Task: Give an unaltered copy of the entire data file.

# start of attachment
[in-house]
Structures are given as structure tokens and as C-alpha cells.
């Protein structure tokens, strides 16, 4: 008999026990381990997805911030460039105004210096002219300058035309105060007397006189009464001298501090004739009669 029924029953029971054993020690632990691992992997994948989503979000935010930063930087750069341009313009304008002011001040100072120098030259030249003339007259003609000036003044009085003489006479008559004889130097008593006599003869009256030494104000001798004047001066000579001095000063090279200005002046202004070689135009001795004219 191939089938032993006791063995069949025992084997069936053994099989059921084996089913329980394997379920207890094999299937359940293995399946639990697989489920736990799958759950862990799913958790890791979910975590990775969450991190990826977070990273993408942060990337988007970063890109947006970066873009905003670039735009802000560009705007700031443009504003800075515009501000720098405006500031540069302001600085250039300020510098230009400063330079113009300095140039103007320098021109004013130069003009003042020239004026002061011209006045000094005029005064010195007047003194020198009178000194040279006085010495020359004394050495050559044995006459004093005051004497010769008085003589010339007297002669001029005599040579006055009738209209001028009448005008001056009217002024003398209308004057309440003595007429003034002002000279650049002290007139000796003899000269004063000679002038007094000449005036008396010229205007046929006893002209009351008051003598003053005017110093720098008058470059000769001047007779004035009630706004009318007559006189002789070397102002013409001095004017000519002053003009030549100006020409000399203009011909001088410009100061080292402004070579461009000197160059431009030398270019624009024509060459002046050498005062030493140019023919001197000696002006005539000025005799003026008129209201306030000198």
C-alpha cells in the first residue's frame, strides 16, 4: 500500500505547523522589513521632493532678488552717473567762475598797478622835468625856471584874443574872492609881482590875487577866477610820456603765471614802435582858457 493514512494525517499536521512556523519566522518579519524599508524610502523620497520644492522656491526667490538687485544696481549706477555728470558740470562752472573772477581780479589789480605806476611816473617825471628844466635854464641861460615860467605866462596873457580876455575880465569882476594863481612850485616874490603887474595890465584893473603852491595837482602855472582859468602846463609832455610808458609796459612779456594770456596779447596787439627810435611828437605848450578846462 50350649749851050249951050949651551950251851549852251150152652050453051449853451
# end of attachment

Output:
[in-house]
Structures are given as structure tokens and as C-alpha cells.
């Protein structure tokens, strides 16, 4: 008999026990381990997805911030460039105004210096002219300058035309105060007397006189009464001298501090004739009669 029924029953029971054993020690632990691992992997994948989503979000935010930063930087750069341009313009304008002011001040100072120098030259030249003339007259003609000036003044009085003489006479008559004889130097008593006599003869009256030494104000001798004047001066000579001095000063090279200005002046202004070689135009001795004219 191939089938032993006791063995069949025992084997069936053994099989059921084996089913329980394997379920207890094999299937359940293995399946639990697989489920736990799958759950862990799913958790890791979910975590990775969450991190990826977070990273993408942060990337988007970063890109947006970066873009905003670039735009802000560009705007700031443009504003800075515009501000720098405006500031540069302001600085250039300020510098230009400063330079113009300095140039103007320098021109004013130069003009003042020239004026002061011209006045000094005029005064010195007047003194020198009178000194040279006085010495020359004394050495050559044995006459004093005051004497010769008085003589010339007297002669001029005599040579006055009738209209001028009448005008001056009217002024003398209308004057309440003595007429003034002002000279650049002290007139000796003899000269004063000679002038007094000449005036008396010229205007046929006893002209009351008051003598003053005017110093720098008058470059000769001047007779004035009630706004009318007559006189002789070397102002013409001095004017000519002053003009030549100006020409000399203009011909001088410009100061080292402004070579461009000197160059431009030398270019624009024509060459002046050498005062030493140019023919001197000696002006005539000025005799003026008129209201306030000198």
C-alpha cells in the first residue's frame, strides 16, 4: 500500500505547523522589513521632493532678488552717473567762475598797478622835468625856471584874443574872492609881482590875487577866477610820456603765471614802435582858457 493514512494525517499536521512556523519566522518579519524599508524610502523620497520644492522656491526667490538687485544696481549706477555728470558740470562752472573772477581780479589789480605806476611816473617825471628844466635854464641861460615860467605866462596873457580876455575880465569882476594863481612850485616874490603887474595890465584893473603852491595837482602855472582859468602846463609832455610808458609796459612779456594770456596779447596787439627810435611828437605848450578846462 50350649749851050249951050949651551950251851549852251150152652050453051449853451